January 18, 2022

Day Fifteen – The Last Day of Remembering

Medicine Enough

My mother and Rubin were roughly the same age when they died. My mother had celebrated her 94th birthday with us in May. At the end of August she’d suffered her stroke and died early

October. Rubin was 14 and two months shy of his 15th birthday. In dog years, he was approximately 94 years old. And while those ages feel old as I write them, Rubin and my mom were both vital and active senior citizens. 

Mom swam two-three times a week, getting in a small pool with her friends to do water aerobics. She still drove and took herself on little outings to run errands or have lunch with friends. Always generous with her time, mom drove other seniors to their appointments or the grocery store and always offered assistance whenever anyone needed it. Rubin walked 4-6 miles in a day and longer if a beach trip was involved. He’d prance along the shoreline, wade in the water, and race to catch up to us sometimes even jumping over driftwood if it was in his way.

Then suddenly, mom was lying in a hospital bed and Rubin was unable to walk more than a mile on a good day. It was if they planned it, agreeing to slow down and fade out roughly the same way at the same time. After mom died, I asked Rubin to give me at least two more months before he transitioned.  He gave me two and half. And just like that, I lost my mother and my dear four-footed companion. 

Mom and Rubin were creatures of routine. They set a schedule – Rubin in his mind and my mother’s on a notepad. They got flustered and anxious when the routine changed without warning. Rubin grew agitated and restless if the day didn’t flow like the day before it. And in many ways, mom was the same. This was most evident when she cooked. She was a recipe follower, organizing all her ingredients ahead of time and timing each step so the meal was on the table, hot and ready to eat, as she had promised. If something went wrong with the ingredients or she accidentally skipped a step, you could feel her blood pressure rise as she tried to regroup. 

I am, I suppose, my mother’s daughter and perhaps Rubin’s need for routine was born of mine. Rarely spontaneous, I like to know what’s happening, to make my plans for the day accordingly, and if anything upsets what I’ve organized in my head, I can feel the tension burn in my face, my impatience growing with every minute that is out of whack. This is why my immobilizing back pain is so frustrating. I have no patience for pain. It doesn’t fit into my schedule and yet, here it is – I’m forced to spend days flat on my back icing, heating, resting, and drugging the pain in hopes I can get back on my feet again. 

It makes sense that my back would go out. To lose so much, my mother and my dog so close together, becomes a physical loss as much as it is an emotional one. To heal, I must sit with the pain, but to sit with pain feels oxymoronic. I know my mother felt the same way. She would’ve hated seeing herself lying in a hospital bed, unable to use the left side of her body. She would’ve hated the idea of not being able to move, to run errands for friends or to pick up her prescription at the pharmacy. She would’ve hated not to be able to drive her car, but most all she would have hated to be dependent on others to take care of her.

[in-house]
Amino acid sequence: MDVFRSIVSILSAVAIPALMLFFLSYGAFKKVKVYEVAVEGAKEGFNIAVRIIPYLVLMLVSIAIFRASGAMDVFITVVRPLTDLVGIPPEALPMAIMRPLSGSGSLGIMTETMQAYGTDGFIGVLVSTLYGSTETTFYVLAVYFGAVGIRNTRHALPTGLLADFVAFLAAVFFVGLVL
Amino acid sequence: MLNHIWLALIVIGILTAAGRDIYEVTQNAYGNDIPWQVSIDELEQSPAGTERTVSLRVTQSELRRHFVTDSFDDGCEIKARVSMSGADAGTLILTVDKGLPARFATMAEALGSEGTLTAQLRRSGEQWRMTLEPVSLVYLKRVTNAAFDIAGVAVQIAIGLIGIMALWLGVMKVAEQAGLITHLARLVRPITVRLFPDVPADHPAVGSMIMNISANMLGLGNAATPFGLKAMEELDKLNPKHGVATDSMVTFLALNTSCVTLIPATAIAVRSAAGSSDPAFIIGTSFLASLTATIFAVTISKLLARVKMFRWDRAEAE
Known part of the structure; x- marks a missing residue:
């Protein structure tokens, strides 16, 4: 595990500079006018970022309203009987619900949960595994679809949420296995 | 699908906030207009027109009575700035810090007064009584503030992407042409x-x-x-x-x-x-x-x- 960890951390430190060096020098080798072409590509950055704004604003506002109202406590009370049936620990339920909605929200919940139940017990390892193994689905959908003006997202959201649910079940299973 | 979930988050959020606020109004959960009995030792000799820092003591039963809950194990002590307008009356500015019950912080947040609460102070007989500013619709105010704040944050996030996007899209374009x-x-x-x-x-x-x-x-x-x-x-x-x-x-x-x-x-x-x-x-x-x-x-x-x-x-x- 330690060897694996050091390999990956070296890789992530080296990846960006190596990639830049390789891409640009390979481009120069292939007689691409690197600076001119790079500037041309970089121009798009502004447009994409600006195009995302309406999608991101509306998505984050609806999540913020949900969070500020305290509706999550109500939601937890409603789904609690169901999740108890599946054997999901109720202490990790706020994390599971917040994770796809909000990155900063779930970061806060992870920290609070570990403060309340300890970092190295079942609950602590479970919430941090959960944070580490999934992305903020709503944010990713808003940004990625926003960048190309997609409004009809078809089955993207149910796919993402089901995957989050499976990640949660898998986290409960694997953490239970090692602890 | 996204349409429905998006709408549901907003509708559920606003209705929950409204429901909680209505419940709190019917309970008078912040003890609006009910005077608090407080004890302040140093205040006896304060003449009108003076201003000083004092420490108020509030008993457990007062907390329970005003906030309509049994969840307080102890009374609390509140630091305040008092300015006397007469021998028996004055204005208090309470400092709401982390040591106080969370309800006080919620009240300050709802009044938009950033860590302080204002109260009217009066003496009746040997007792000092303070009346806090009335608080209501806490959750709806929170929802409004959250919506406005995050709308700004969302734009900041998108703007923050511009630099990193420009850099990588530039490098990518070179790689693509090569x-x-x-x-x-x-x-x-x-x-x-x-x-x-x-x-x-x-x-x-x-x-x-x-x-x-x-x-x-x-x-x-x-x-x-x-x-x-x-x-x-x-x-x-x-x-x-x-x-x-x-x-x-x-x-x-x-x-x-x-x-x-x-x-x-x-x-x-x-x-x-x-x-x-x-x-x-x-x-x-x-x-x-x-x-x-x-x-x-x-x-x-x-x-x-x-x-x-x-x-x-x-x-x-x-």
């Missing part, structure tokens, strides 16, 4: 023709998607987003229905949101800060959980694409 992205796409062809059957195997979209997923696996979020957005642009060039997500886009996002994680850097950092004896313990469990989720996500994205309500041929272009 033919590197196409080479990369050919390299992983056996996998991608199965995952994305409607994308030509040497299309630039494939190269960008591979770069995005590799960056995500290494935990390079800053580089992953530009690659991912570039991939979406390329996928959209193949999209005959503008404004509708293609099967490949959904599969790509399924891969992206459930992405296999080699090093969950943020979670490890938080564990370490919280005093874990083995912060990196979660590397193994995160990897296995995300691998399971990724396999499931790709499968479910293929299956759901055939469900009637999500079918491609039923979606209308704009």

Rubin was the same. He would wither if he could not go to the beach or for long walks in the woods where he could smell the deer and the bobcats and the markings of other dogs. This is why, after days of not eating, if we even looked like we were picking up a leash he’d rise from his bed and attempt to go with us. Movement was life. For both of them, movement meant being alive; not moving lead to stagnation and stagnation lead to atrophy.

I need movement as well. I want my pain and grief to move up and out of my body and that cannot be done if I am prone on the couch for hours in the day. To move my body is part of my healing and so today, I took myself for a walk. I leashed up Oscar and headed into the woods.

This is the longest walk I’ve taken in four days after being bedridden with back spasms. Today, was the first day I felt like I could put one put in front of the other without grimacing or seizing up. 

It was a slow walk, nothing athletic about it, but I was moving and in moving I could feel some purpose flow through me. And in that purpose, I could feel the whispers of healing. The last bit of the walk was up an incline — not too steep, but enough that I could feel it in my back. I stopped, stretched  a bit, and watched as Oscar sniffed the trail searching for the tracks of the forest animals he would so love to hunt. After a bit, I kept walking, then stopping, stretching, and more walking until I made it home to ice and rest. 

Death has left me with two holes in my life, gaping and empty. Grief, painful and consuming, is my remedy of sorts, something solid to fill in the space of those gaps. I am reluctantly learning to live with my pain, to know there will be times when I am consumed with memory of their lives and the sadness of their deaths. There will be times when I dream my mother back to life and wake in a panic that I have not called, I have not visited. There will be times when I feel the spirit of Rubin just around the corner, waiting for his walk or sense his presence just over my shoulder, watching, smiling. 

I hope to find comfort even in these painful moments, to be able to pause on a long, tree-lined path in the woods and stretch myself into remembering how much they both enriched my life. And perhaps I will learn to slow down, to let go of the recipe and routine a little, just long enough to rest. And in the resting perhaps find that even the slow movement of my heart and blood is medicine enough. 


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